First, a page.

Palm trees are not trees. They are extremely tall grass. Yet, Indians think that palm trees are the best trees around. Go around Delhi NCR and look at the residential societies, monuments and shopping malls of the region – you will find palm trees planted in abundance. Why? Because they are good to look at and do a pretty good job at giving a venue a decorated ambience. However, are palm trees good for Delhi, or even India? The simple answer is this: No, they are not. In fact, they are disastrous for the environment and our general surroundings. They may look good, but they are slowly eating away at our soil.
A weird culture has gripped India’s capital region. Now, palm trees are the go-to plants for everybody. For Delhi’s authorities especially, palm trees have come as a blessing. They are aesthetically pleasing to the eyes, do not occupy much space, and can easily be planted in hordes as substitutes to the trees that are felled in the national capital region for various purposes.
Palm Trees – a Danger to India
Palm trees are no substitute to canopied trees. Palm trees do not sequester carbon at the same rate as native canopy trees. In fact, they do not even produce much oxygen. So, carbon dioxide does not get absorbed at a rate which is needed, adding to the heat in Delhi. Palm trees do not provide much shade, they do not have branches for wildlife to make nests and no flowers or fruit to feed the local fauna.
What has been happening in Delhi is nothing short of a tragedy. Peepal and Banyan trees are getting chopped away indiscriminately. What are they being replaced with? Palm trees – that do not even quite qualify to be called trees.
According to the New Delhi Nature Society, native trees of Delhi have more foliage, so they are better at combating heat and air pollution. They also grow easily since they are genetically suitable for Delhi’s environmental conditions whereas Palms require high maintenance.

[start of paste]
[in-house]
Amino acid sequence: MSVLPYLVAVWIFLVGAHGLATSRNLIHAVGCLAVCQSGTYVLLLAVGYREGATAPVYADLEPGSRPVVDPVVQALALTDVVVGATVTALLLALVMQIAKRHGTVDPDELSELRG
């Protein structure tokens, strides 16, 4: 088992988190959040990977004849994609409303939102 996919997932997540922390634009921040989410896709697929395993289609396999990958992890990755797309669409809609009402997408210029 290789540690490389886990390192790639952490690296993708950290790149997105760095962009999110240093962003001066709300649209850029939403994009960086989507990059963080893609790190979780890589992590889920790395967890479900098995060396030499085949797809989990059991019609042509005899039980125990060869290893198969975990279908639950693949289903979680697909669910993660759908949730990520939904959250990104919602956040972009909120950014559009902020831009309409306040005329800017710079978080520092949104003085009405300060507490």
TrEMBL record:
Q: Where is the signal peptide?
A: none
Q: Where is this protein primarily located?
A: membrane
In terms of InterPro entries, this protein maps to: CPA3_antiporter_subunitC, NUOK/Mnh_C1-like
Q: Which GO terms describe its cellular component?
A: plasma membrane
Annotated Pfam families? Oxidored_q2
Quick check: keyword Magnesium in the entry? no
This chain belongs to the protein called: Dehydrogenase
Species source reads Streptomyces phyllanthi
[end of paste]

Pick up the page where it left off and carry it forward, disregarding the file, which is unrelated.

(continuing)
Meanwhile, palm trees in India are nothing short of a danger to the country’s rich biodiversity. Planting palm trees excessively harms the quality of the soil. Palm trees are known to absorb significant amounts of nutrients from the soil, degrading the quality of the soil.
Palm Trees: Aliens to India
Palm trees hardly provide any shade. Traditional trees like Peepal, Bargad, Amla, Arjun, Babool become a part of the community. They have occupied central spaces in India, historically speaking. They sustain an entire ecosystem – with birds flocking to set up home on such trees. These birds keep the unwanted insects away from human settlements.
With palm trees around, there is no scope for birds making a habitat for themselves. This is why insects of all kinds continue to make life miserable for people. Furthermore, traditional trees, after a certain time, do not require much care. They are tuned to the climate of India. These trees have incredible longevity and sustain themselves with whatever the Indian surroundings have to offer. Little to no human intervention is required.
Palm trees in India are not in their natural habitat, which is why they require extra care, which hikes up the maintenance costs per tree. And then, the fast-spreading presence of palm trees is making traditional big Indian trees vanish from our surroundings, which is a dangerous trend. With big trees vanishing, there is no way Delhi will get a respite from its lethal heat waves.
What Environmentalists Say About Palm Trees in India
There is a reason why the Modi government’s big push for turning Northeast India into a palm tree hub is facing tremendous resistance. Narayan Sharma, assistant professor at Department of Environmental Biology and Wildlife Sciences, Cotton University, Guwahati told the Deccan Herald that oil palm cultivation in a large scale could lead to destruction of forests. He said, “The oil palm will create crisis of food for many wildlife species and birds as they don’t eat oil palm fruits. This will further aggravate the human-animal conflicts in the region too.”
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The palm tree experiment has already been carried out in Mizoram. Due to its long gestation period and poor productivity, people dumped the ‘tree’. However, the plantation of such trees had by then rendered the soil infertile for other crops.
Palm trees are not Indian. They are, in fact, a threat to India, and therefore, need to be shunned.